Group A and B Streptococcus


In France, invasive group A Streptococcus infections have been on the rise 2000

Around 500 cases of invasive neonatal group B Streptococcus infection are recorded each year in France

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Transmission and associated diseases

Group A Streptococcus

Group A Streptococcus (GAS), Streptococcus pyogenes, can only be spread through human-to-human transmission. It is responsible for frequent benign, non-invasive infections, such as strep throat and impetigo, as well as severe invasive infections such as bacteremia, necrotizing skin infections, puerperal infections, pleuropneumonia and meningitis, which may be associated with streptococcal toxic shock syndrome. The overall mortality rate from invasive GAS infections is thought to be approximately 10% (the respective mortality rates are 30% for streptococcal toxic shock, 15% for necrotizing dermohypodermitis and 20% for meningitis).

Group B Streptococcus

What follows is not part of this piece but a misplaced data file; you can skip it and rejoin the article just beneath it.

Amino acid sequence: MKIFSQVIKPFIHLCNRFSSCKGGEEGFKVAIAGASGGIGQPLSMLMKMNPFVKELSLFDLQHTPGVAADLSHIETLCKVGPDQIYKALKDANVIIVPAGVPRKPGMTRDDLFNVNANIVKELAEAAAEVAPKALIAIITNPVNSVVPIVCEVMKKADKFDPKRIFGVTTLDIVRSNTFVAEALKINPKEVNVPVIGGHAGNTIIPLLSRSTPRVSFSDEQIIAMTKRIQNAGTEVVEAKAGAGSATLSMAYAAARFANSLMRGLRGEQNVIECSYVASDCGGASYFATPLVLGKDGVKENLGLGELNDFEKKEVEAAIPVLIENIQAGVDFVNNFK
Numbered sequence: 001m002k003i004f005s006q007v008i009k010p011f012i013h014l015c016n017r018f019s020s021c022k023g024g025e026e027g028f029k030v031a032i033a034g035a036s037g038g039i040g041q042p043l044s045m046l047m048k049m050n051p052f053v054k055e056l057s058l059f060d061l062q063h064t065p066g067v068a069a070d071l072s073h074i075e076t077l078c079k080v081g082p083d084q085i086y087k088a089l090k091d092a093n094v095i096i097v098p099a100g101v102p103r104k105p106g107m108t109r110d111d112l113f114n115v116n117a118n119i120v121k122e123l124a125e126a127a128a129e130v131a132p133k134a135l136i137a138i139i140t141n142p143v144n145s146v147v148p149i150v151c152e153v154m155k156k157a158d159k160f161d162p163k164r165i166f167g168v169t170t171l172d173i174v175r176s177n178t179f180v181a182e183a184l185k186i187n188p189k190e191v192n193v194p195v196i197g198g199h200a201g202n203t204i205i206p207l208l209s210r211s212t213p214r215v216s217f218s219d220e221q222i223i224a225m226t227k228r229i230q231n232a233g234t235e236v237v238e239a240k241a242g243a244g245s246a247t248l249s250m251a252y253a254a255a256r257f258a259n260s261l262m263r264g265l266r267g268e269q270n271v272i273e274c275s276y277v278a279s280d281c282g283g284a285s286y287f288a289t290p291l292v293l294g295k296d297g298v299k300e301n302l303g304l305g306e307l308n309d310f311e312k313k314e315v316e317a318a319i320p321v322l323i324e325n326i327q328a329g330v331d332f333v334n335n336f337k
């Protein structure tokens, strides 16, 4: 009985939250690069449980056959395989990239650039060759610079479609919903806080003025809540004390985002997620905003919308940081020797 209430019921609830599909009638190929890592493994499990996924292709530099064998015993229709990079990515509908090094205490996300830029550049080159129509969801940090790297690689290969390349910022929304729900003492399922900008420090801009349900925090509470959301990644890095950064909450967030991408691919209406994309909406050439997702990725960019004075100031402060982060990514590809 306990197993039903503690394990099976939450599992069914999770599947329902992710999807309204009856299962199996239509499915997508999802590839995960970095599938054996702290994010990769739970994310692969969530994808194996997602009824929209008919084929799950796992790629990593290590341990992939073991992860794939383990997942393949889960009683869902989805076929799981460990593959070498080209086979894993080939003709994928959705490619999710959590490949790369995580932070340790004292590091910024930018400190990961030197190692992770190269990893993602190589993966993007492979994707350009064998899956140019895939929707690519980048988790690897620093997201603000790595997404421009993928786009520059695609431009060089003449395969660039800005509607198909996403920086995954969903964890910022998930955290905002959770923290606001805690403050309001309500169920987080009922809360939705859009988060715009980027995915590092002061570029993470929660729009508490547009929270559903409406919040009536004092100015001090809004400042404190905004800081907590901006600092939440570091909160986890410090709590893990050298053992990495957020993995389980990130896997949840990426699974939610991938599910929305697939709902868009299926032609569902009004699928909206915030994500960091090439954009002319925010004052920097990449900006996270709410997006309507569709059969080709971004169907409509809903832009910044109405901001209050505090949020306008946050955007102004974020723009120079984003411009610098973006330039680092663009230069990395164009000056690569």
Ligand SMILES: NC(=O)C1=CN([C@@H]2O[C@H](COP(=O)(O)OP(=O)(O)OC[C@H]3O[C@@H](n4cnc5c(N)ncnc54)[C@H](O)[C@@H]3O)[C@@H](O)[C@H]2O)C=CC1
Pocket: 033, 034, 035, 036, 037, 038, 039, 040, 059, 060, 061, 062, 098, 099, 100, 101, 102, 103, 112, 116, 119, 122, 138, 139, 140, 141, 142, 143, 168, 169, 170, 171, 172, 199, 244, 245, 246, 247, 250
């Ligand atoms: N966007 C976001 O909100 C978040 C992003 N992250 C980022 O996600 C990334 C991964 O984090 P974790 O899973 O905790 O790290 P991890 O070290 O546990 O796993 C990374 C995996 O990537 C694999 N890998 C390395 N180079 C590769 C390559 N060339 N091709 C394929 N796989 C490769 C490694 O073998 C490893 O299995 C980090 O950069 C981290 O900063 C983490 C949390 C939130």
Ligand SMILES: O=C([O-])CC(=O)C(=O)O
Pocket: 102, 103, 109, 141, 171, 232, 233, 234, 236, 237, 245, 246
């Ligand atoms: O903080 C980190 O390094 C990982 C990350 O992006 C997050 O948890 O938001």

The main reservoir of group B Streptococcus (GBS), Streptococcus agalactiae, is the digestive tract, from where the bacteria may colonize the female genital tract, often on a sporadic basis. Between 5 and 40% of women are thought to carry GBS in their vagina during pregnancy, depending on the bacteriological techniques used and the populations under study. Neonatal infections are mostly linked with the inhalation and ingestion of vaginal secretions during childbirth. Mother-to-child transmission essentially occurs if the baby inhales or ingests infected amniotic fluid when the fetal membranes rupture or during delivery by passage through a GBS-colonized birth canal. The transmission rate from mothers with GBS to newborns is 50% on average, and approximately 1 to 2% of newborns go on to develop an infection if antibiotic prophylaxis is not administered to women with GBS colonization during childbirth.


GBS infections in newborns may be divided into two types, depending on when they occur: early-onset infections, 80% of which occur during the first 24 hours of the infant's life, and late-onset infections, which occur between the first week and the third month. Early-onset infections generally present with respiratory distress and bacteremia (in 89% of cases). Meningitis remains a less common clinical presentation in early-onset forms (10-20% of cases). Late-onset neonatal infections are associated with bacteremia and meningitis in most cases.